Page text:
Poker is not an uncommon hobby for musicians. It’s easy to play on the road, it’s a simple go-to in a band member’s home following a practice session, and it’s a fitting activity for people who tend to be pretty social (at least within their own circles!).
Beyond being a common and logical hobby for people in music though, poker can also be a recreational training tool. More specifically, the game can actually instill some habits that might just make you a better performer on stage.
The Benefits of Prep & Practice
It may sound simple, but preparation and practice are some of the most important factors to a good performance. It’s true with virtually any task that the more you’ve prepared and practiced, the more sure of yourself you’ll feel. And the more sure of yourself you feel, the less likely you’ll be to experience stage fright! Of course, playing poker does not prepare you for a stage performance. But if you play somewhat regularly, you will have a fairly tangible example of how much practice and preparation can help you in general.
Each hand of poker you play is practice, and it’s not uncommon for amateur players to recognize progress from one game to the next. The benefits of practice aren’t always so clear as this, which makes poker a reassuring demonstration. If practicing your game makes you a better player, you may be more motivated to practice performance in search of a similar benefit.
Learning to Read Others
Here’s something fascinating you may not have heard before (or at least we hadn’t heard until recently): Musicians and audiences actually sync their brain activity during performances. This was the finding of a study summarized at Minnpost.com, and it suggests that there is actually a neural connection between performers and listeners — and that it’s stronger when the listeners are enjoying the show.
If this is indeed true, it speaks to the phenomenon of artists and audiences being on the same page — which, neural connections aside, is something skilled performers can actually bring about through psychological understanding as well. Knowing how to “read” an audience enables performers to adjust their actions and try to bring the crowd along, and it’s absolutely another skill that can be developed at the poker table. The environment might not be similar, but there’s a massive psychological component to poker. Players learn how to read other people, and it’s a skill that goes a long way even when the objective isn’t just to catch a bluff. Good poker players become discerning people, and a discerning person may well have a better read on a live audience.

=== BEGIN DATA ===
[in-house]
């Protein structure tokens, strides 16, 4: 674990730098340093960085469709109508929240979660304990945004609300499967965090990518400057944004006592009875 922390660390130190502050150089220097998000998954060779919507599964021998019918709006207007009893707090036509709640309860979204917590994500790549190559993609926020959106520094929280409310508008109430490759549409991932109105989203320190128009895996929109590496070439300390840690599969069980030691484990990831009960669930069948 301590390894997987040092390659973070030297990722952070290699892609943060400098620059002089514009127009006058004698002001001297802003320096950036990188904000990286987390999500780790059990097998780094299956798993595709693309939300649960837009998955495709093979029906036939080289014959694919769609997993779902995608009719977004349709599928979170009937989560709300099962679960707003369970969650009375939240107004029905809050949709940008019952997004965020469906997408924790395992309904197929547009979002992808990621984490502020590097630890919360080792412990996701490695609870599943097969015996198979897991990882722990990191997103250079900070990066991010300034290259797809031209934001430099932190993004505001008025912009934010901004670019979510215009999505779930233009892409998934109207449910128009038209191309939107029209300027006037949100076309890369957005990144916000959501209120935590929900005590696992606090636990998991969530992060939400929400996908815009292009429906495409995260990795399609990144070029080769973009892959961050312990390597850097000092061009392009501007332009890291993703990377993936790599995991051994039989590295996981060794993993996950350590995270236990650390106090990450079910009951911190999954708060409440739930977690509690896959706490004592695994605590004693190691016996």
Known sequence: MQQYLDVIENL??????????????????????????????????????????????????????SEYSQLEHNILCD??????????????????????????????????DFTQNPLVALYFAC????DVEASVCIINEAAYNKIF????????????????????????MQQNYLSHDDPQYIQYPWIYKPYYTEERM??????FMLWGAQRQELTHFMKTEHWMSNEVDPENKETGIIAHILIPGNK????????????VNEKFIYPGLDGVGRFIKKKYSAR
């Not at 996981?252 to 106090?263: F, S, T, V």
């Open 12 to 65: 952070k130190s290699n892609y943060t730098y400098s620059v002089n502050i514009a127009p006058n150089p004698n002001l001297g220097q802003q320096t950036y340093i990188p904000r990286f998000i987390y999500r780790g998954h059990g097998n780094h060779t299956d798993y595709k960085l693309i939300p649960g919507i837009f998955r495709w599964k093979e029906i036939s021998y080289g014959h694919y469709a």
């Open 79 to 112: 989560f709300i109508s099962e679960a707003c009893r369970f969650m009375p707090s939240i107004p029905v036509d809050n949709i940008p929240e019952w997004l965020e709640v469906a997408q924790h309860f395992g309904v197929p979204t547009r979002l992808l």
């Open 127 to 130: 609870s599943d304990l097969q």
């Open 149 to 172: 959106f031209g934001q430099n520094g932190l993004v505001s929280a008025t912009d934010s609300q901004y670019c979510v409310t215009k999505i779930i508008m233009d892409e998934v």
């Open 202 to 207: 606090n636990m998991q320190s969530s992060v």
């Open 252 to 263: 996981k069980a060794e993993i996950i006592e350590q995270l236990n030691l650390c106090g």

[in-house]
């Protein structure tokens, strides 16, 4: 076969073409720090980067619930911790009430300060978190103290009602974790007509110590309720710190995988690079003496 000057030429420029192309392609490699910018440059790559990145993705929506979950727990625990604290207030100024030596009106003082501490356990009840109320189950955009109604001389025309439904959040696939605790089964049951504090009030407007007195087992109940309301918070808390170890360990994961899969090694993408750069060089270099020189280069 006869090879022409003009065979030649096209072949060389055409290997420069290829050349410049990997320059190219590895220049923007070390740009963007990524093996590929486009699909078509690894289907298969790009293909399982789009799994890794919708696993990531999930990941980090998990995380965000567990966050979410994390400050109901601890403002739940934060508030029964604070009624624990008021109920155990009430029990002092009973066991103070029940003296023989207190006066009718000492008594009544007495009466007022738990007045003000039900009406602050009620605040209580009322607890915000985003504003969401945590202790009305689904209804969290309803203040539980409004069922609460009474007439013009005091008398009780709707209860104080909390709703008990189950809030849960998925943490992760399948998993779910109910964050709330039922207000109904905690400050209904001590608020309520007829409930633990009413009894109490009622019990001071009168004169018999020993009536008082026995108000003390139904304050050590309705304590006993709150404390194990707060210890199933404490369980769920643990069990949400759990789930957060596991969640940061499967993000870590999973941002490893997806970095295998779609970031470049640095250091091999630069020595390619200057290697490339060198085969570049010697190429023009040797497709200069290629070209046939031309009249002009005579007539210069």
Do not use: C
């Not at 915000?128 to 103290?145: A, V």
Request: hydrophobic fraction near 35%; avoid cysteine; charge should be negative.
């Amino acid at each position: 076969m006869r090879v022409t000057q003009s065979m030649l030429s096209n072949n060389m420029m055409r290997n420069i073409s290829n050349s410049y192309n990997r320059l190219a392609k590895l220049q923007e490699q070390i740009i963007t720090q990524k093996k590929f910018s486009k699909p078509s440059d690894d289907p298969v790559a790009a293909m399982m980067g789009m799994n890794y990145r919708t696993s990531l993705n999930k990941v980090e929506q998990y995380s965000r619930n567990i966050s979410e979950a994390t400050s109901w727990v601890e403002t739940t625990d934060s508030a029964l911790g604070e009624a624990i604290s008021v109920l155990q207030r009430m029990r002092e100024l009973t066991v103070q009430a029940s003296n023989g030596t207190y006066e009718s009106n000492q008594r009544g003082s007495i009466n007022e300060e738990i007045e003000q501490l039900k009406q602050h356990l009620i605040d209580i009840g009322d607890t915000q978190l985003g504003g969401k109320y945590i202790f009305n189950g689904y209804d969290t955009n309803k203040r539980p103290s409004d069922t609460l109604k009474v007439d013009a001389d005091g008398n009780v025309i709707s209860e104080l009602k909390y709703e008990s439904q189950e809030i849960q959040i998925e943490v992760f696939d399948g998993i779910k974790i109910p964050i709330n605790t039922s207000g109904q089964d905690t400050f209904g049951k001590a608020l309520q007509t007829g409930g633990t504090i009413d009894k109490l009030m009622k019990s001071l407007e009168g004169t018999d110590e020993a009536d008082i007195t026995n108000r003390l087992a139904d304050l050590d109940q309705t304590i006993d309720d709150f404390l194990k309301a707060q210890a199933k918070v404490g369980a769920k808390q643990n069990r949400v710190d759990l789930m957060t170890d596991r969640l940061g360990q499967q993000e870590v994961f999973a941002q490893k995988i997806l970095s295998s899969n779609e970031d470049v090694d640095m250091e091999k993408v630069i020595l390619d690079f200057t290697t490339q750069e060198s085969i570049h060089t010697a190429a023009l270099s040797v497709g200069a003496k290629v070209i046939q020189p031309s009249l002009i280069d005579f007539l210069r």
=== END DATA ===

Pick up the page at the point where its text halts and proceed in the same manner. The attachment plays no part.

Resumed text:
Not Getting Too High
No, not that kind of high (although avoiding that for performances is probably a good idea also). What we’re talking about here is the idea of not getting ahead of yourself just because something goes well. It’s something all good card players figure out at one point or another. Basking in the glory of a good game, a lucky break, or a successful bluff is a great way to lose focus on the rest of the game. Players learn to stay level-headed whether things are going well or poorly, never getting too high before the end of a game. Honing this kind of tendency should help you on stage as well.
In a Poker.org write-up on next level strategy tips, skilled players engage in self-reflection at the end of each session. Win or lose, they go home and think back to the biggest hands they played. By reflecting on what they did well or could have done better, they constantly improve their performance. So while it’s a good thing to show some excitement while you’re on stage, you don’t want to let yourself be so thrilled over nailing a song that you lose focus on the next one. It’s important to stay level — internally at least — until the end of a show, and polish your set after.
“If you don’t show it, they won’t know it.” This is a concept artists ought to be more open about. The bottom line is, we all mess up! Even the world’s best musicians can strike an errant chord. But the great ones are able to do so without missing a beat, so to speak. Harping on a mistake — even for half a second — clues the audience into it, and messes up rhythm, confidence, and everything else. In fact, a study from the University of Arizona found that when humans make certain types of mistakes, the size of their pupils change — clueing others into what’s going on with us. Fortunately, this particular ‘tell’ and our brains are controllable, but not completely.
The best thing you can do is to conceal a mistake and move right along. This too is the same in poker. Whenever and however possible, players learn to hide their errors, conceal bad cards they’ve bluffed with, and so on, in the effort to maintain an outward expression of confidence. Don’t give your game away by letting other people see your ‘tells’.
Poker is not the only way to learn these skills. But it is somewhat striking how much you can learn from the game that can actually make you a more effective performer. Not a bad deal given that playing poker tends to be a lot of fun also! For more life and career tips, visit Zakoom.com regularly for our latest insights.